Is Tubal Ligation Permanent?

Labrador, Australia (PressExposure) June 01, 2008 -- Almost every publication about tubal ligation stresses that it is a Permanent method of birth control. The public, and even most doctors, believe this to be true. Although tubal sterilization is intended to be permanent, the procedure can be reversed by an experienced microsurgeon in over 95% cases.

Doctors say that tubal ligation is a permanent method birth control because it cannot be discontinued easily such as stopping the use of birth control pills or patch, removing an IUD, or barrier contraceptives. In the past, reversing a tubal ligation procedure involved complicated in-hospital surgery with its attendant high cost (up to $35,000. An outpatient tubal reversal procedure has been developed that results in surgery that is easy to undergo and avoids the expense of hospital charges. This has reduced the cost of tubal ligation reversal to less than $6000. This is approximately half the cost of a single treatment cycle with in vitro fertilization (averaging $12,000 in the US).

There are some methods of female sterilization that are not reversible. These include complete removal of the fallopian tubes (total salpingectomy) and extremely destructive methods of partial salpingectomy that do not leave two segments to repair. An example of the latter is when only a short portion of the tube is attached to the uterus and the remaining segment contains only fimbrial tissue with no tubal muscle or opening. In this case, the fimbrial tissue alone cannot be rejoined successfully to the uterine segment of tube. Fortunately, these are unusual occurrence. In cases where there is a sufficient length of tube attached to the uterus, it can be opened and be able function normally even without the fimbrial end. This is called ampullary salpingostomy. This technique is useful in reversing a fimbriectomy (removal of the fimbrial or ovarian end of the fallopian tube).

Reviewing the operative report from a tubal ligation procedure usually will indicate how destructive the procedure was. Pathology reports, when available, also can provide additional information beyond what is contained in the operative report. When there are questions about whether or not tubal repair is possible in a specific case, diagnostic laparoscopy can be performed to examine what remains of the fallopian tubes. If there are sufficient segments to repair, tubal reversal can be done during the same operation while the patient is under anesthesia.

There are many different ways to block the fallopian tubes for tubal sterilization: ligation and resection (tying and cutting), tubal clips or rings, and electrocoagulation (burning). No matter how the procedure is done, the end result is closure or occlusion of the fallopian tube. This prevents sperm from reaching an egg. The easiest method of tubal ligation to reverse is the "clip" procedure. The Hulka Clip was developed in the 1970s by Dr. Jaroslav Hulka, a professor of obstetrics and gynecology at the University of North Carolina at Chapel Hill. The tubal ring also is an excellent method for reversing. The clip and ring procedures tend to damage the least amount of the fallopian tube and leave behind long segments to repair. The overall pregnancy rate is 65% at one year following reversal of tubal clip procedures and increases for younger women to 87% for women less than 30 years of age. The pregnancy rate after tubal reversal surgery continues to rise with the passage of time because once the tubes are open pregnancy can occur any month. Many women who have undergone tubal ligation reversal have added several babies to their families.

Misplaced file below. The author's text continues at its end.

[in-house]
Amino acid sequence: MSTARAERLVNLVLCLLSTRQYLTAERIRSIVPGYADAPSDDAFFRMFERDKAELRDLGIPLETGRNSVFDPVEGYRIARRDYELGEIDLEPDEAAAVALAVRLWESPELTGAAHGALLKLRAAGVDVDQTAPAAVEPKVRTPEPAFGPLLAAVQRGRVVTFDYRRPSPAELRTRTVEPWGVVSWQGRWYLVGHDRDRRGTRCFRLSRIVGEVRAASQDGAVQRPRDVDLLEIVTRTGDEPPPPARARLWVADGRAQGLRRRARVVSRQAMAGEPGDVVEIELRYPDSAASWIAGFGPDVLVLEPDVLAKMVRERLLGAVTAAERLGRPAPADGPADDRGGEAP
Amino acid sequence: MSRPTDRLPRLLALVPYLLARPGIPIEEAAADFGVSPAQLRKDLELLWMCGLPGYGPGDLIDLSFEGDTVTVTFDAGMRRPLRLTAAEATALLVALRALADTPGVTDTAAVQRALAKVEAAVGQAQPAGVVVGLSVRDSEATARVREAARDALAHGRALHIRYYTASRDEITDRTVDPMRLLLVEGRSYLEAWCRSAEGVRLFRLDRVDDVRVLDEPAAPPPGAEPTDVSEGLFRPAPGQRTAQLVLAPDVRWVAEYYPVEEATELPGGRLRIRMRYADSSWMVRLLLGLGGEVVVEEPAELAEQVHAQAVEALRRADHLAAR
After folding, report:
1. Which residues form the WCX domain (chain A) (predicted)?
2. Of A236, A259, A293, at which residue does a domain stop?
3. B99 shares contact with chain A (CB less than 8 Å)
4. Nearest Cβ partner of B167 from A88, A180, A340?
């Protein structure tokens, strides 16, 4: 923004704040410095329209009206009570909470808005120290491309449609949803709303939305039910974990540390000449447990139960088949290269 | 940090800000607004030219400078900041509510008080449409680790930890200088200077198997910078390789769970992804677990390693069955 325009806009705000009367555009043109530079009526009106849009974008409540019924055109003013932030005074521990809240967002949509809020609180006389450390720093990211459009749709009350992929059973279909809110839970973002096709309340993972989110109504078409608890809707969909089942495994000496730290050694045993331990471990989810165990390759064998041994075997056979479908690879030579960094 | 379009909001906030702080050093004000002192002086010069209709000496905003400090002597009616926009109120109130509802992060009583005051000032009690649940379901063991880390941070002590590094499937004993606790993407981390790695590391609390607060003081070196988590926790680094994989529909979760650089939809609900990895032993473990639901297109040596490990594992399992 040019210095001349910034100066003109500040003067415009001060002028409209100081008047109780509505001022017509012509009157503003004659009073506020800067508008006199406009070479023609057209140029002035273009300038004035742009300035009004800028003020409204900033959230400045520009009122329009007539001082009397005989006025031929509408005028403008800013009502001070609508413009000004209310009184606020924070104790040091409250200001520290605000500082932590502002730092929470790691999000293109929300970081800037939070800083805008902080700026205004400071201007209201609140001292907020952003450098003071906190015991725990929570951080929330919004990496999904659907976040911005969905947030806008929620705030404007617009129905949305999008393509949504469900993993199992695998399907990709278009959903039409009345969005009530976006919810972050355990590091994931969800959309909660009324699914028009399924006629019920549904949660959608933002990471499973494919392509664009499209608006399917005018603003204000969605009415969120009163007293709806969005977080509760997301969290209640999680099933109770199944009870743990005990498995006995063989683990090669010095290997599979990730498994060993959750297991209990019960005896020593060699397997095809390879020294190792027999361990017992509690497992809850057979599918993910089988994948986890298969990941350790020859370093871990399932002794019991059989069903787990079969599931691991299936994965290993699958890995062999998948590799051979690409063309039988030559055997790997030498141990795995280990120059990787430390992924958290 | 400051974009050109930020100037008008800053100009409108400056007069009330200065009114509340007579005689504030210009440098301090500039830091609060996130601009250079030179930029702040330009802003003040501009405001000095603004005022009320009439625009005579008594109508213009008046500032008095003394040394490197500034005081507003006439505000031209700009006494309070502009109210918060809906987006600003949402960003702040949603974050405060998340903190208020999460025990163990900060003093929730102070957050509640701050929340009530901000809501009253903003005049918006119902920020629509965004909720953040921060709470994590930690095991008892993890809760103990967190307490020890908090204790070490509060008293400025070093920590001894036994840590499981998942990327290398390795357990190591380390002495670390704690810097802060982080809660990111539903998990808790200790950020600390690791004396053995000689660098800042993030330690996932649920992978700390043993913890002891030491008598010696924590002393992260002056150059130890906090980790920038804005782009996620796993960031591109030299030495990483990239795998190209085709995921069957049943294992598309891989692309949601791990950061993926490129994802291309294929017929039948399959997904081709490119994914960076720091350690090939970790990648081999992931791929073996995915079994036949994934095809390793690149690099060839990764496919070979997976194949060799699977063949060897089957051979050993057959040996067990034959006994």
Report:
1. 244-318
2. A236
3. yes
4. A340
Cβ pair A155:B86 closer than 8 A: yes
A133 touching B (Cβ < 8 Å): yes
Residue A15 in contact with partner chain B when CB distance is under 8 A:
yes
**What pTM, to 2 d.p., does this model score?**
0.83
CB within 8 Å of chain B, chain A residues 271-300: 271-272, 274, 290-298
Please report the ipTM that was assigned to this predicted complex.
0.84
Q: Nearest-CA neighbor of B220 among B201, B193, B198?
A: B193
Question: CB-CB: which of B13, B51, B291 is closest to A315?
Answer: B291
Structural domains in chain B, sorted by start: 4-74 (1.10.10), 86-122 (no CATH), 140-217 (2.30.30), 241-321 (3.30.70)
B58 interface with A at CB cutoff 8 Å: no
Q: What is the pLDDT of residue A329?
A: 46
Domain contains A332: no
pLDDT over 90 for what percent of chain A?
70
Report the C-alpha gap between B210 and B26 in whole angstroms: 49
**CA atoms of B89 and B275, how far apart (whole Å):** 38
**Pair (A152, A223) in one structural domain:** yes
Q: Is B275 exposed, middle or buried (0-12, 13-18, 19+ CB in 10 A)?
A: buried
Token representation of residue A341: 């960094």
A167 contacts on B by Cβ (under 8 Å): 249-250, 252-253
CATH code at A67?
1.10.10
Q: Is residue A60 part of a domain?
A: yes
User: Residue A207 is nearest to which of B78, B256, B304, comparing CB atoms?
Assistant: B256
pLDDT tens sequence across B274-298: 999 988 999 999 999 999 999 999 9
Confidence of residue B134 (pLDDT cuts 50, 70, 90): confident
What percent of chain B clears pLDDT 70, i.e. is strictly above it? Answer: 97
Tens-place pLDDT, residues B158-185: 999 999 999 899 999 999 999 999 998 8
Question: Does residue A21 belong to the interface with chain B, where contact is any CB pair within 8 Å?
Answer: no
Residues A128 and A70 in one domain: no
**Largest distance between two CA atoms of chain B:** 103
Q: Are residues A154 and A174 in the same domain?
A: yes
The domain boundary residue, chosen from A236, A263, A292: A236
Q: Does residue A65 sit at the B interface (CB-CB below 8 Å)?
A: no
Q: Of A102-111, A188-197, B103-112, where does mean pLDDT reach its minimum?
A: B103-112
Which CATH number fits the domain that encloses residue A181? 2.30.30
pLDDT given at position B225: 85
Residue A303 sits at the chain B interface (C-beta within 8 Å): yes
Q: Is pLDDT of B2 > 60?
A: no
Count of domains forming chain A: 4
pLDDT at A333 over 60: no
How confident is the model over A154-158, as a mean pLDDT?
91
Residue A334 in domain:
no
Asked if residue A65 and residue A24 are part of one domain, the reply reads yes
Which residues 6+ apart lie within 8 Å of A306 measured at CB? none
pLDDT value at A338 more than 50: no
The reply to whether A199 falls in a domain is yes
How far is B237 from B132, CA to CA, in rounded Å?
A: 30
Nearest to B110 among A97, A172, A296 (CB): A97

Tubal ligation and resection (removal) of a portion of the fallopian tube is the most frequent method of blocking the tubes. This involves tying a segment of tube and removing it. There are many variations of this technique. The tubal ligation procedure described by Dr. Ralph Pomeroy a century ago is still the most commonly used today. Experience shows that 98% of these procedures are now reversible and approximately two-thirds of women with a Pomeroy tubal ligation become pregnant following tubal ligation reversal.

With a specialized procedure such as tubal ligation reversal, the surgeon's experience is the most important factor in predicting success from the operation. Depending on the patient's type of tubal ligation and condition of the remaining tube after ligation, the techniques of tubal reparative surgery vary among patients. Having an experienced tubal reversal specialist perform the operation is essential, particularly if a woman has a difficult situation due to short or missing tubal segments, fimbriectomy, or has inherent disease of the tubes.

About Ben Walsh

Ben L. Walsh
168 Whiting St Labrador
Queensland Australia


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Press Release Submitted On: May 28, 2008 at 11:51 pm
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